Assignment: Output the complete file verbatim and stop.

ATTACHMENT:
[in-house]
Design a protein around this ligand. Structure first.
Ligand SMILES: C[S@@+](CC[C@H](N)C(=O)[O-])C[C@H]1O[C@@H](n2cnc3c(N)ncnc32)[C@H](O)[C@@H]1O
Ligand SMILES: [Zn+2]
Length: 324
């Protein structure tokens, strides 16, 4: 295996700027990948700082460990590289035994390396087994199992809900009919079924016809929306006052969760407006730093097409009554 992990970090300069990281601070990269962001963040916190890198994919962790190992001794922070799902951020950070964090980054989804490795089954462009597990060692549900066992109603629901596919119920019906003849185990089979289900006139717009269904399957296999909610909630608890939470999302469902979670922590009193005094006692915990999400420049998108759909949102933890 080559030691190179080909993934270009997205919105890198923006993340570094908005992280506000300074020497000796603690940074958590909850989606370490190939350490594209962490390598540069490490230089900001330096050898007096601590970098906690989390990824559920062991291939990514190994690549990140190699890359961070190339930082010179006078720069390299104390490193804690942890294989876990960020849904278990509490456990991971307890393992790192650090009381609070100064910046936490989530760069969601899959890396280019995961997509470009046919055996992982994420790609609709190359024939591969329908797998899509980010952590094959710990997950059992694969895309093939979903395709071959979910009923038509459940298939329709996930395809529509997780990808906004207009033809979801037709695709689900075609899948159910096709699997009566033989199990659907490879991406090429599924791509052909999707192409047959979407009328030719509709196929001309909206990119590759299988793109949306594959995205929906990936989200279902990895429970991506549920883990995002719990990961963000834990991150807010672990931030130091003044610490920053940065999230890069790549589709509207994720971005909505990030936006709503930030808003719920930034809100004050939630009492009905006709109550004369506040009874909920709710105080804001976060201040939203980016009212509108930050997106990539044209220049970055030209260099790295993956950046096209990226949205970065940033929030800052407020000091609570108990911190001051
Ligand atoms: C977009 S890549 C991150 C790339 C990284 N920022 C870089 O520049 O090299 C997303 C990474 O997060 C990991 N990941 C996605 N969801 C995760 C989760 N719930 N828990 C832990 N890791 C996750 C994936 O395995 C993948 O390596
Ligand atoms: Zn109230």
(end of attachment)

[in-house]
Design a protein around this ligand. Structure first.
Ligand SMILES: C[S@@+](CC[C@H](N)C(=O)[O-])C[C@H]1O[C@@H](n2cnc3c(N)ncnc32)[C@H](O)[C@@H]1O
Ligand SMILES: [Zn+2]
Length: 324
């Protein structure tokens, strides 16, 4: 295996700027990948700082460990590289035994390396087994199992809900009919079924016809929306006052969760407006730093097409009554 992990970090300069990281601070990269962001963040916190890198994919962790190992001794922070799902951020950070964090980054989804490795089954462009597990060692549900066992109603629901596919119920019906003849185990089979289900006139717009269904399957296999909610909630608890939470999302469902979670922590009193005094006692915990999400420049998108759909949102933890 080559030691190179080909993934270009997205919105890198923006993340570094908005992280506000300074020497000796603690940074958590909850989606370490190939350490594209962490390598540069490490230089900001330096050898007096601590970098906690989390990824559920062991291939990514190994690549990140190699890359961070190339930082010179006078720069390299104390490193804690942890294989876990960020849904278990509490456990991971307890393992790192650090009381609070100064910046936490989530760069969601899959890396280019995961997509470009046919055996992982994420790609609709190359024939591969329908797998899509980010952590094959710990997950059992694969895309093939979903395709071959979910009923038509459940298939329709996930395809529509997780990808906004207009033809979801037709695709689900075609899948159910096709699997009566033989199990659907490879991406090429599924791509052909999707192409047959979407009328030719509709196929001309909206990119590759299988793109949306594959995205929906990936989200279902990895429970991506549920883990995002719990990961963000834990991150807010672990931030130091003044610490920053940065999230890069790549589709509207994720971005909505990030936006709503930030808003719920930034809100004050939630009492009905006709109550004369506040009874909920709710105080804001976060201040939203980016009212509108930050997106990539044209220049970055030209260099790295993956950046096209990226949205970065940033929030800052407020000091609570108990911190001051
Ligand atoms: C977009 S890549 C991150 C790339 C990284 N920022 C870089 O520049 O090299 C997303 C990474 O997060 C990991 N990941 C996605 N969801 C995760 C989760 N719930 N828990 C832990 N890791 C996750 C994936 O395995 C993948 O390596
Ligand atoms: Zn109230």